Topeka Prosecutor Phill Kline said Friday that he could face paying $200,000 or more in legal bills because of a dispute involving him, the attorney general's office and an abortion clinic.
Kline, the Johnson County district attorney, has filed 107 charges against a Planned Parenthood clinic, alleging it performed illegal late-term abortions and falsified records. Even before he filed those charges, the clinic sued him, and the attorney general has sided with the clinic.
The clinic, Comprehensive Health of Overland Park, filed its lawsuit with the Kansas Supreme Court. It hopes to force Kline to return edited copies of records from 29 patients' files, which are key evidence in his criminal case.
Kline argues that the attorney general's office should provide for his defense, as it has in at least two other, unrelated cases in which he's been sued in his official capacity.
"We've had about $140,000 in legal expenses so far. I anticipate it'll hit $200,000," Kline said during an interview Friday with The Associated Press. "It's not easy. I'm eventually going to need help."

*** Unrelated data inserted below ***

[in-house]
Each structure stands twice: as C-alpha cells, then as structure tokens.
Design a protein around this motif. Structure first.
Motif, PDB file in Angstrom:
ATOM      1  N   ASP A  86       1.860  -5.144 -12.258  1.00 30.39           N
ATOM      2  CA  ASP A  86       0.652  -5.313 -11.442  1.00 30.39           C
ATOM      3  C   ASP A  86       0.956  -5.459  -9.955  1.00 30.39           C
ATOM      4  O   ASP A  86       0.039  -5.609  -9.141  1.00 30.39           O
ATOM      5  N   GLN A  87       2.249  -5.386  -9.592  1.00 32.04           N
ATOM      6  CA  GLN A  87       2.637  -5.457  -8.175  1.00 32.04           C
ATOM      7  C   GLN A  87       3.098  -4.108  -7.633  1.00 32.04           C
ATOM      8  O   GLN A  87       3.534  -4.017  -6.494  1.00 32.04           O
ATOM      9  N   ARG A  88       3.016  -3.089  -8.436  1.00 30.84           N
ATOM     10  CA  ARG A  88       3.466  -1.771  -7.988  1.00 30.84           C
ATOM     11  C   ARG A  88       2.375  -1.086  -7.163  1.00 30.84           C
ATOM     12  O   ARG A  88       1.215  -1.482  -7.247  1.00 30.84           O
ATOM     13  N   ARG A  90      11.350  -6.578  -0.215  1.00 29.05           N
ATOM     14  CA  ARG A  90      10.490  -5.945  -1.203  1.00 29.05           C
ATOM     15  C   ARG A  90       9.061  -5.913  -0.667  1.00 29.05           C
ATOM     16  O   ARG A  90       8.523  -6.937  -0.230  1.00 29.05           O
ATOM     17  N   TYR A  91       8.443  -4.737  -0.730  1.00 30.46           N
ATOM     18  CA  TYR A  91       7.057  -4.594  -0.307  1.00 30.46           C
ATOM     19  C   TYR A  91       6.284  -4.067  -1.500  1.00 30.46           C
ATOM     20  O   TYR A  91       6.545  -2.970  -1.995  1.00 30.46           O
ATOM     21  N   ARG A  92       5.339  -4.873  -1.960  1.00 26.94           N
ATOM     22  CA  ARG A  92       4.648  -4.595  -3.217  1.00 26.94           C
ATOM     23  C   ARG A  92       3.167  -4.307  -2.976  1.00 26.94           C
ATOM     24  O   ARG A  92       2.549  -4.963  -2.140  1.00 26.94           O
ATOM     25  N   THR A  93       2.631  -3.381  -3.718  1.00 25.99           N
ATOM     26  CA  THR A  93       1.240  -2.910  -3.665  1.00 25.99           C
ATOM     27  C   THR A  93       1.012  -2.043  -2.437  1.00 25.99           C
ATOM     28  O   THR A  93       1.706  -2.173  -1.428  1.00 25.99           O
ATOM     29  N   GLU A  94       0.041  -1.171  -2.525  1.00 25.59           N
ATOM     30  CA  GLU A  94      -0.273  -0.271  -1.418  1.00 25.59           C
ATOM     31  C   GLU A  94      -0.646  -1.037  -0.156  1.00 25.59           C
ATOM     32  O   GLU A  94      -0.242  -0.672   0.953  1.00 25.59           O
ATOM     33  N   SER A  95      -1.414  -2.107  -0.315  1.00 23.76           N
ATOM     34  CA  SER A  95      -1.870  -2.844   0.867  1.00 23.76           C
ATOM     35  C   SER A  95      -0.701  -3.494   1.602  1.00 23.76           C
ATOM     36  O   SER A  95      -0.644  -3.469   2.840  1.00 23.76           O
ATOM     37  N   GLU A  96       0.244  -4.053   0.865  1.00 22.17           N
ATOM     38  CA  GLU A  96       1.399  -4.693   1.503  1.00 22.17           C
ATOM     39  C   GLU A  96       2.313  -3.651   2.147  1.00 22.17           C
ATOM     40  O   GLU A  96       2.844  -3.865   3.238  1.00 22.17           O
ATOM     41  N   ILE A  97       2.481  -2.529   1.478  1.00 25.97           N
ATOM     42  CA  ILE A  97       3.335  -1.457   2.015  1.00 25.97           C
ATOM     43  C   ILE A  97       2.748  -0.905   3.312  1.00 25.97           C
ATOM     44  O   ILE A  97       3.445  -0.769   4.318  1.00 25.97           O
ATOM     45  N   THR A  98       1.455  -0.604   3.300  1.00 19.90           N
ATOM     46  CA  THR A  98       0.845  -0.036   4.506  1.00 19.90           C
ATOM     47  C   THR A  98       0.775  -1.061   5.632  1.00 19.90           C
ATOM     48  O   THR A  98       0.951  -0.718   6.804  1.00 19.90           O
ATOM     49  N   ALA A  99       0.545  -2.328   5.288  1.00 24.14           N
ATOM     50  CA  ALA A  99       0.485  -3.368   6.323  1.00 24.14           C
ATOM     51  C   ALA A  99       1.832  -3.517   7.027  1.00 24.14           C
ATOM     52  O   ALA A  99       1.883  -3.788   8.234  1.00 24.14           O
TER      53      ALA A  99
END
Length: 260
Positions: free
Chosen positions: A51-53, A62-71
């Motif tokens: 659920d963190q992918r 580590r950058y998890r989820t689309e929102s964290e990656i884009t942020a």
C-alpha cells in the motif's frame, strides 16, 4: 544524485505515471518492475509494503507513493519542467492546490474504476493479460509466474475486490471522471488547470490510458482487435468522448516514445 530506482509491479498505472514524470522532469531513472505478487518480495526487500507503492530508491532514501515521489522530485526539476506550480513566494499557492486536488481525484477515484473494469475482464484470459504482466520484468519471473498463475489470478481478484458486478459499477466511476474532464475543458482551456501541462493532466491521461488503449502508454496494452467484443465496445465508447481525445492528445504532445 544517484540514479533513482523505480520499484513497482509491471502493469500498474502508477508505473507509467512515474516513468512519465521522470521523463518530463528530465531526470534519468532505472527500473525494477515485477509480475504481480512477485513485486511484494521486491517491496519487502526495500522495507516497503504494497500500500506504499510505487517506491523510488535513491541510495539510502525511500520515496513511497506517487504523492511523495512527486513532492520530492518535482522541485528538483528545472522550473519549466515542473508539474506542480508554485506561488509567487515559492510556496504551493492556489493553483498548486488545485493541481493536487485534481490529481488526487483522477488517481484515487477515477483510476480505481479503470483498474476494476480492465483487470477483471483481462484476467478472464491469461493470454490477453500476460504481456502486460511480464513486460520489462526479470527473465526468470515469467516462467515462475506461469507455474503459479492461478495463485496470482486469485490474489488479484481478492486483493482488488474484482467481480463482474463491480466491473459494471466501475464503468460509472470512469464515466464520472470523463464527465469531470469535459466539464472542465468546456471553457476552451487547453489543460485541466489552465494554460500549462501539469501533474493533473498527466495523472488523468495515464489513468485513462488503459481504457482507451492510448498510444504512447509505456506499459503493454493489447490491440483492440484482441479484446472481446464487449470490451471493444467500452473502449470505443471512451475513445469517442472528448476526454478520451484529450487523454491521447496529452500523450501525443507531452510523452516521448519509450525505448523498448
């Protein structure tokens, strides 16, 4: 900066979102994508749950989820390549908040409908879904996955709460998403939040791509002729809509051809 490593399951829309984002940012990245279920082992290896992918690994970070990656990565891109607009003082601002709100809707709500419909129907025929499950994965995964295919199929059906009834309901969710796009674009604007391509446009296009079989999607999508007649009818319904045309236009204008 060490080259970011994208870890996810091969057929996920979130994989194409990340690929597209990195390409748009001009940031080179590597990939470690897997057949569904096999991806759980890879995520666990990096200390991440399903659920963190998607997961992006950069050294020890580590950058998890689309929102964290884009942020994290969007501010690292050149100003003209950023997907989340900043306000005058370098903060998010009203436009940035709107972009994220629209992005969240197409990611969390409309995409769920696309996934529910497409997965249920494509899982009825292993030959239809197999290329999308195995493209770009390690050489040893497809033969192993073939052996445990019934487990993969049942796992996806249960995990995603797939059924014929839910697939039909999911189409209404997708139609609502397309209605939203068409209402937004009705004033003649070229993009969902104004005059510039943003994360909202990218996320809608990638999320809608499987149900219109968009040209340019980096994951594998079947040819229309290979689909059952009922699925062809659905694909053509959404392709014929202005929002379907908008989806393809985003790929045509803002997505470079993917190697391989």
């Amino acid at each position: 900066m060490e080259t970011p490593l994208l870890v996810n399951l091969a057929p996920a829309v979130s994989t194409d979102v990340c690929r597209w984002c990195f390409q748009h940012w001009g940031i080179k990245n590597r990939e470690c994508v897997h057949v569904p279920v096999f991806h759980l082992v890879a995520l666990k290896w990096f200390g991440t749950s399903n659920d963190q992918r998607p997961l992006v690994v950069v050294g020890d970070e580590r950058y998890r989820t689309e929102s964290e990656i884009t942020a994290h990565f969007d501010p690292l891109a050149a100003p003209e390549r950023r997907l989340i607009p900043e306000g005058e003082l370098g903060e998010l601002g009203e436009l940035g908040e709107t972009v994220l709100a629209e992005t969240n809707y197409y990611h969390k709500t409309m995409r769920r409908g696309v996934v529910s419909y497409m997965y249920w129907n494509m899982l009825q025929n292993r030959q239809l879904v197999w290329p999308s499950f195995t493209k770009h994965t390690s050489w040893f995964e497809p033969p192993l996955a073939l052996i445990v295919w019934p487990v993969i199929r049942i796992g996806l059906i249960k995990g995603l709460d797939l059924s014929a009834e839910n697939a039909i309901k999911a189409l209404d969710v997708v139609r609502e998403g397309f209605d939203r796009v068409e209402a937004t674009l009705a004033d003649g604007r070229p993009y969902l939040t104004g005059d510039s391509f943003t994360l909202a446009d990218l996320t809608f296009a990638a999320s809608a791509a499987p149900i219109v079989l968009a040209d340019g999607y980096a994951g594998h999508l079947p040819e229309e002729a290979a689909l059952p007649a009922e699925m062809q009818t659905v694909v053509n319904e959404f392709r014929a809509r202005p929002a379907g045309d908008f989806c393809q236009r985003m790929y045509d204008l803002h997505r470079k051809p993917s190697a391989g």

But last year, a deputy attorney general accused Kline in a letter of acting against Planned Parenthood with "malice" and questioned his handling of the patient records.
And Ashley Anstaett, a spokeswoman for the attorney general's office, said Friday that Kline didn't follow the rules outlined in Kansas law when he submitted his request, something Kline disputes.
"It's unfortunate that he won't take responsibility for failing to comply with the simple guidelines," she said.
Kline began investigating Planned Parenthood's clinic in 2003, when he was serving as attorney general himself. He obtained the patient records then, and his efforts were supervised by Shawnee County District Judge Richard Anderson.
In 2006, Kline, an anti-abortion Republican, lost his race for re-election to Paul Morrison, an abortion rights supporter who'd switched parties to run as a Democrat. Morrison later resigned in a sex scandal, and Gov. Kathleen Sebelius, an abortion rights supporter, appointed Steve Six to replace him.
Morrison had been Johnson County district attorney before being elected attorney general. His victory in the statewide race created a vacancy there, but state law gave Republicans the power to fill it. They picked Kline, and just before Kline left the state office, he forwarded the Planned Parenthood records to Johnson County.